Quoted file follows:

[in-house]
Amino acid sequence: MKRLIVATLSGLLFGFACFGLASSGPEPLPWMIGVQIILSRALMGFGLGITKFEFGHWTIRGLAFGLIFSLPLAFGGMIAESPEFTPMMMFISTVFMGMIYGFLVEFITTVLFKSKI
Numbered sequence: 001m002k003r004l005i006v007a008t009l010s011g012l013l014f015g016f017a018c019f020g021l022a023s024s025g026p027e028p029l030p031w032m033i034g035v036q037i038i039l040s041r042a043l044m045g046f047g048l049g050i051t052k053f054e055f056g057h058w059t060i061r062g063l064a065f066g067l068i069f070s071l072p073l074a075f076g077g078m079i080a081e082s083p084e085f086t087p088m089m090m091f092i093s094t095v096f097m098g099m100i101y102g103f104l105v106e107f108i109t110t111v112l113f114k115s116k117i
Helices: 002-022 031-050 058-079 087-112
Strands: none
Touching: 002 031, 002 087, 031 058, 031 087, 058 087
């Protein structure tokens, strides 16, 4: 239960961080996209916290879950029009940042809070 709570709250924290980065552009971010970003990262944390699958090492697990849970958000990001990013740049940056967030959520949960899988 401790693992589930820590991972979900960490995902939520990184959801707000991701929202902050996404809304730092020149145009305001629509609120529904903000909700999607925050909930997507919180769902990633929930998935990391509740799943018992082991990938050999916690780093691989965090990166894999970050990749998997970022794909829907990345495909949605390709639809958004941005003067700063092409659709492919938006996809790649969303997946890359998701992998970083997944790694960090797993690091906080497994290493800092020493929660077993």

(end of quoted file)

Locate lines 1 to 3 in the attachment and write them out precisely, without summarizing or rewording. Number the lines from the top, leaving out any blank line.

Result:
[in-house]
Amino acid sequence: MKRLIVATLSGLLFGFACFGLASSGPEPLPWMIGVQIILSRALMGFGLGITKFEFGHWTIRGLAFGLIFSLPLAFGGMIAESPEFTPMMMFISTVFMGMIYGFLVEFITTVLFKSKI
Numbered sequence: 001m002k003r004l005i006v007a008t009l010s011g012l013l014f015g016f017a018c019f020g021l022a023s024s025g026p027e028p029l030p031w032m033i034g035v036q037i038i039l040s041r042a043l044m045g046f047g048l049g050i051t052k053f054e055f056g057h058w059t060i061r062g063l064a065f066g067l068i069f070s071l072p073l074a075f076g077g078m079i080a081e082s083p084e085f086t087p088m089m090m091f092i093s094t095v096f097m098g099m100i101y102g103f104l105v106e107f108i109t110t111v112l113f114k115s116k117i